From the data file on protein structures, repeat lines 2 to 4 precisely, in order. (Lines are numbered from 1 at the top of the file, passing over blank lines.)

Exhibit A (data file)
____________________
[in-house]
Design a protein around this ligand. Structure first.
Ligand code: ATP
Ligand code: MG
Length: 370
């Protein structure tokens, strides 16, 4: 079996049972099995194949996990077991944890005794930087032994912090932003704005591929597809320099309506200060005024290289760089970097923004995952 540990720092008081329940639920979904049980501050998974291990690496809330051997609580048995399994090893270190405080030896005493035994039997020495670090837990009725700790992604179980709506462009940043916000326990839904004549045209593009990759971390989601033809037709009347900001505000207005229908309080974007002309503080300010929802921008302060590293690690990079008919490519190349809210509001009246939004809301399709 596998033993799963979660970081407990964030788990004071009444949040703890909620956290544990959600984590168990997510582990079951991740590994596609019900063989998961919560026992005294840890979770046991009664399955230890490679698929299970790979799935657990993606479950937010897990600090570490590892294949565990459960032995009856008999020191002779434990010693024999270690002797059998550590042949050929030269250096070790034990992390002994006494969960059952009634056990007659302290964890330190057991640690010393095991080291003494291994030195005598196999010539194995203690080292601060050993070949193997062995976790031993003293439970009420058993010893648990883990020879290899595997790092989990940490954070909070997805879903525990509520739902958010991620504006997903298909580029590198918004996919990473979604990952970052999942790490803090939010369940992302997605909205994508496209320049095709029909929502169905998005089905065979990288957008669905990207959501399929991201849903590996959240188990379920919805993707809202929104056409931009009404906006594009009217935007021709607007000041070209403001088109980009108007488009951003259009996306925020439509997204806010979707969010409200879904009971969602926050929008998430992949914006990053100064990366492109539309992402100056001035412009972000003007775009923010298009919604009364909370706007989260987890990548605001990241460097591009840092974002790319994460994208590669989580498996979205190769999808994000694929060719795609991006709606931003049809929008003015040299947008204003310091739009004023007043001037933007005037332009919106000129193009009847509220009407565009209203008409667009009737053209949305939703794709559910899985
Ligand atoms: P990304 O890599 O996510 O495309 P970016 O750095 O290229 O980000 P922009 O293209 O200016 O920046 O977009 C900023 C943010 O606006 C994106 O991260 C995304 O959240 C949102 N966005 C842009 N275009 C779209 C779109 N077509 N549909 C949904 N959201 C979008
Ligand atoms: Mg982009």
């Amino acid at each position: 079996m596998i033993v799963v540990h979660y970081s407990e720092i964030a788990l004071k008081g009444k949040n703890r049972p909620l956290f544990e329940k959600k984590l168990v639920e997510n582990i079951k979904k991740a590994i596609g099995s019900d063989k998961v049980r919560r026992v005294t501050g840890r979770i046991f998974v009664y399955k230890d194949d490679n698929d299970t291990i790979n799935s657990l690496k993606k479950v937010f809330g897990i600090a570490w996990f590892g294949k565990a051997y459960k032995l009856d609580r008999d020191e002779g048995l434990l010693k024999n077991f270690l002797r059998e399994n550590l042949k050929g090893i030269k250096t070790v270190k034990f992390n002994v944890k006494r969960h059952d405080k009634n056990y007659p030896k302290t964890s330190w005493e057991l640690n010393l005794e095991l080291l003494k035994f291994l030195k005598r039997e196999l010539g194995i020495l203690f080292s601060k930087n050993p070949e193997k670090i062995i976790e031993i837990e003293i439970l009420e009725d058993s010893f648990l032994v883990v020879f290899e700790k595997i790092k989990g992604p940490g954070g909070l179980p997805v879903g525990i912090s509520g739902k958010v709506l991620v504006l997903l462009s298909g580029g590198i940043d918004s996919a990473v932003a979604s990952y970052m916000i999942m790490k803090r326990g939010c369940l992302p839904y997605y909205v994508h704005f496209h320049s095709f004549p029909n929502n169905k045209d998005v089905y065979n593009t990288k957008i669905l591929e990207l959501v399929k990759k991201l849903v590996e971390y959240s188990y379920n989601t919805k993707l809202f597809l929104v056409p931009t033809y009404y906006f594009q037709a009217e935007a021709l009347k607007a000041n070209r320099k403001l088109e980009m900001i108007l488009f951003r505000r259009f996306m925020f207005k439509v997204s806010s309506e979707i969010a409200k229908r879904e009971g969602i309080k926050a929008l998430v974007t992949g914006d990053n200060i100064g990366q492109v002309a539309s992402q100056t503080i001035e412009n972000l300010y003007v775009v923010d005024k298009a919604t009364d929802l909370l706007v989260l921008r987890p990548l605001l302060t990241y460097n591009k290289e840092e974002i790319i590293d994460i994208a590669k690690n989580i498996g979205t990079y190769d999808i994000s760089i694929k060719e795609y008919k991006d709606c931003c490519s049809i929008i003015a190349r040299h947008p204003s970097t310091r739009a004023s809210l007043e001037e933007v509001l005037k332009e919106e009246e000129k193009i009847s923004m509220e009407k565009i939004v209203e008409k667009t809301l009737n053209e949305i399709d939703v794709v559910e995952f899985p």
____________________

Design a protein around this ligand. Structure first.
Ligand code: ATP
Ligand code: MG